He also suggested I slow down my walk as the quicker I walked, the more pronounced my limp was. He said slowing down the walk would get the leg used to walking normally (as a small part of the limp is psychological) and combined with the physio and exercises it would all help me lose the limp. The physio also said to listen to my body in the sense that if you are feeling intense pain, then stop and rest and don’t push it, but that feeling a little sore and having swelling is all very normal and part of the healing process.
I’ve been to the gym three times since the physio appointment and although I realise how unfit I have become it felt good to be able to do these exercises and be proactive in my recovery as the first 2 months I felt very passive as you have to be patient and concentrate more on healing and looking after your leg. I’ve had the flu unfortunately this last week so have not been to the gym, but I am still making progress.
My walk still has a limp but when walking slowly it is not very noticeable, but I am able to get about just fine (buses, London Underground, stairs, walking about, etc.). I have found walking down stairs the most tricky and for the first couple of weeks I went down one step at a time (i.e. one foot on the step, then the other before moving onto the next step) but have progressed to walking down more normally but I do notice the transition from stepping down on my left foot to the right foot is a bit heavy and fast. There is still not quite the control and fluidity that should be there.
Walking long distances (more than 15mins) does take its toll. My parents came up to London for the day and I met up with them and we walking around for a couple of hours and although we were not walking fast, it did feel sore and my Dad noticed I was limping more by the end than at the start. My leg had swelled a fair bit and was sore that evening and the following day.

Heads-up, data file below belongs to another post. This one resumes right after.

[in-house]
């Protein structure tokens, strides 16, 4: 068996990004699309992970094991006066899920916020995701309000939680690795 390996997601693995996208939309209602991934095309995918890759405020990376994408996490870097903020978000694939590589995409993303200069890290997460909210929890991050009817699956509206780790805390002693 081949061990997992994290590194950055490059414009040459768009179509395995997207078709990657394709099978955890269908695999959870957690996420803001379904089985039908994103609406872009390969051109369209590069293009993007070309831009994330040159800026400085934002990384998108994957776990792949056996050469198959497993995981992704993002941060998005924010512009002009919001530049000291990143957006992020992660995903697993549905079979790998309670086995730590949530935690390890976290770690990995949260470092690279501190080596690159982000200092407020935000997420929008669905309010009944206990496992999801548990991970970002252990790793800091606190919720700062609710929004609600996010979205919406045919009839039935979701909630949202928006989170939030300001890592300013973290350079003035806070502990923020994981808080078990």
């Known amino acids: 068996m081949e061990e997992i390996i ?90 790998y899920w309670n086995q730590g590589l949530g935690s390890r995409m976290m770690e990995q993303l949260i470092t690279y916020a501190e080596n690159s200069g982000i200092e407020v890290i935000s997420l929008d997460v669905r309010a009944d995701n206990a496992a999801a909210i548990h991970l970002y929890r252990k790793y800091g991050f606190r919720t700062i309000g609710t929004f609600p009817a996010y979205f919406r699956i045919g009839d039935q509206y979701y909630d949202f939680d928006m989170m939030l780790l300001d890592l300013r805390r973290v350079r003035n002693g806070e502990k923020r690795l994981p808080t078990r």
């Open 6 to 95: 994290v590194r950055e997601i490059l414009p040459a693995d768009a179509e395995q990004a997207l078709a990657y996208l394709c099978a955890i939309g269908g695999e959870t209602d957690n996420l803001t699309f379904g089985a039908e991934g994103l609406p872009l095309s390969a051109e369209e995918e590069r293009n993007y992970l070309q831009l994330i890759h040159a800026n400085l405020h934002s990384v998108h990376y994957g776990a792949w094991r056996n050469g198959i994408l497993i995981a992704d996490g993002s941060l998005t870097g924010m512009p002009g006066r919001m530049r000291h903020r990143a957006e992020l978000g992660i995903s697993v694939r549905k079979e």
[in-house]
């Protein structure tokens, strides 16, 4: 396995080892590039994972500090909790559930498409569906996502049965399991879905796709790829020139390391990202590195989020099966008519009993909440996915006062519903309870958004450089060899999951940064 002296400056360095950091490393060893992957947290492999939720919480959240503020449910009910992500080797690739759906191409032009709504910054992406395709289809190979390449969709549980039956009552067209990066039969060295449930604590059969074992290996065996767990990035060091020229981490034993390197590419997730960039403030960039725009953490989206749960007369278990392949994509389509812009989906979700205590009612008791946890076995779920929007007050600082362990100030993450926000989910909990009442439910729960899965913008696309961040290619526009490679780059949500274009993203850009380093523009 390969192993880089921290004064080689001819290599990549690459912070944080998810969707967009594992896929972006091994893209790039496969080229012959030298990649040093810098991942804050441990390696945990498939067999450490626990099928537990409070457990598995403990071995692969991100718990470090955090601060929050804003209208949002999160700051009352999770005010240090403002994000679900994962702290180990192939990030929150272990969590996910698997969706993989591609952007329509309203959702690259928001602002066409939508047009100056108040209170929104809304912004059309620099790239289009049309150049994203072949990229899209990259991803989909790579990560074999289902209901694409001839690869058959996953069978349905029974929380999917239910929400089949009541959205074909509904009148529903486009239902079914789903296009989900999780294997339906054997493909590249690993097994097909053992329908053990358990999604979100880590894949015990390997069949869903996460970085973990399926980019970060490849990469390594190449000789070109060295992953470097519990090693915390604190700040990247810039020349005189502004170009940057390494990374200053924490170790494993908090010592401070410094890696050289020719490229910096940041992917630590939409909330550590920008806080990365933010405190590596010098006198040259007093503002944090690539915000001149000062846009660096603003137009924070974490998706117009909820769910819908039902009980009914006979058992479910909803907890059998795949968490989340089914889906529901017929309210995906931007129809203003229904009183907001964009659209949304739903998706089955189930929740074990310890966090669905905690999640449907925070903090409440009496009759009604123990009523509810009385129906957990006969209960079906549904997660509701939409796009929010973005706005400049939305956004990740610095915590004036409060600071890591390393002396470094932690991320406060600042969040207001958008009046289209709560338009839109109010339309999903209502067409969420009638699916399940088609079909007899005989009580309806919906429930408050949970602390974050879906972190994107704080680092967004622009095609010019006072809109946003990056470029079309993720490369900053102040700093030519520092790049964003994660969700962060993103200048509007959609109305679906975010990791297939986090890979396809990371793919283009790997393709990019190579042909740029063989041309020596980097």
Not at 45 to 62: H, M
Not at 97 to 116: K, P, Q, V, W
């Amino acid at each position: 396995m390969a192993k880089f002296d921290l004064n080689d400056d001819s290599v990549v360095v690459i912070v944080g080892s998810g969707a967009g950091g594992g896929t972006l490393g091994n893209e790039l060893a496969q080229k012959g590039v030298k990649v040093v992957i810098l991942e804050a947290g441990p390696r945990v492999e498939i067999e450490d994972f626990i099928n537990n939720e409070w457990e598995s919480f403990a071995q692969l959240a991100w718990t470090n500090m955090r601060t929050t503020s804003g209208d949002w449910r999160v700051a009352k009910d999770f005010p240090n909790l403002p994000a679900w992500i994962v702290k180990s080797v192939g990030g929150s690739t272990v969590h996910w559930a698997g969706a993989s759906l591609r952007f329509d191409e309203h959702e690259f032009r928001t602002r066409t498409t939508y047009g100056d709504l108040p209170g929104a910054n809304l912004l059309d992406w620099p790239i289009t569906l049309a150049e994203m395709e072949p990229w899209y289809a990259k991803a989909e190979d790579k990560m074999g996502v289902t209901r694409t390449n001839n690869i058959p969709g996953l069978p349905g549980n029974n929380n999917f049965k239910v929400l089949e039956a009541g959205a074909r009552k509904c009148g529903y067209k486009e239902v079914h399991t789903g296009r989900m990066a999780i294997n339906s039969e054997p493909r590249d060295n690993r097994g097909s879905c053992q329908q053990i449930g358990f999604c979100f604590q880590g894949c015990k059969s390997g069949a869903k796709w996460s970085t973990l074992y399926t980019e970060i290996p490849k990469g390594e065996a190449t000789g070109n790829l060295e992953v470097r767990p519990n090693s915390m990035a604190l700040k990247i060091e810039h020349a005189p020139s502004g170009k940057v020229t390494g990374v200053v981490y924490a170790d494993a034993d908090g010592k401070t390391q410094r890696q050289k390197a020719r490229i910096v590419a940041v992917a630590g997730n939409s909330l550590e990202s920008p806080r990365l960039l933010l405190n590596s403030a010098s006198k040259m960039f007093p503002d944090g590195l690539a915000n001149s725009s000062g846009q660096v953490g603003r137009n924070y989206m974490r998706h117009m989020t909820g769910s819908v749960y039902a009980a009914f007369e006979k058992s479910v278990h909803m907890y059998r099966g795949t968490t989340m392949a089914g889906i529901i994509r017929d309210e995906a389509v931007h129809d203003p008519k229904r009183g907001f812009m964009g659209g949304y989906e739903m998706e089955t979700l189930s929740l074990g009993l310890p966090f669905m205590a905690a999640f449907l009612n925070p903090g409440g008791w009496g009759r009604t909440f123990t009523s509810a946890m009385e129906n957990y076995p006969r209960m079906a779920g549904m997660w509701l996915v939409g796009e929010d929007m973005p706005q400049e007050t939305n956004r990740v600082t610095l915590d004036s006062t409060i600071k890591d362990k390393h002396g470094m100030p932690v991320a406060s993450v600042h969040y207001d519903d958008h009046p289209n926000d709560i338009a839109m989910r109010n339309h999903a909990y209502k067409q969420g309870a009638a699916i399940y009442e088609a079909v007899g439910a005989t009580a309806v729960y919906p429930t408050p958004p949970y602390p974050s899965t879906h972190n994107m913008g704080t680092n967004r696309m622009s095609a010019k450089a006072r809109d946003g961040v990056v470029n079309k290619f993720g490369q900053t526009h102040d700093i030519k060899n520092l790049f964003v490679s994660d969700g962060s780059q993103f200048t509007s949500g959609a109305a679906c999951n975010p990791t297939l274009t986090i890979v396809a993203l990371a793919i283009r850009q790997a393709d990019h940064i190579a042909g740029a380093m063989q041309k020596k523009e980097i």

The improvement in the leg means sleeping is better as I can get into my more normal sleeping position, but still get woken up with a bit of pain if I have been lying on it wrong somehow.
I still have a fair bit of recovery to go, but feel good about where I have got to in 3 months, especially as I was told it would be 6mths before I could do all the things I wanted to do. I feel I have got over the halfway point.
Recovery does seem slow with only gradual improvements (e.g. you notice little things get slightly easier, like getting in and out of the bath shower, putting on trousers whilst standing and walking down stairs), but it is nice when friends notice you are walking better than you were a couple of weeks ago.
I have my next and suspect last hospital check up later in the month and it will feel very nice to give the crutches back. I will not miss them. I also think that I will be quite close to being as recovered and able as the guy I saw at my last hospital visit. He was able to walk quite freely and easily but had a very slight limp.
My next goal is to be able to walk without a limp at all.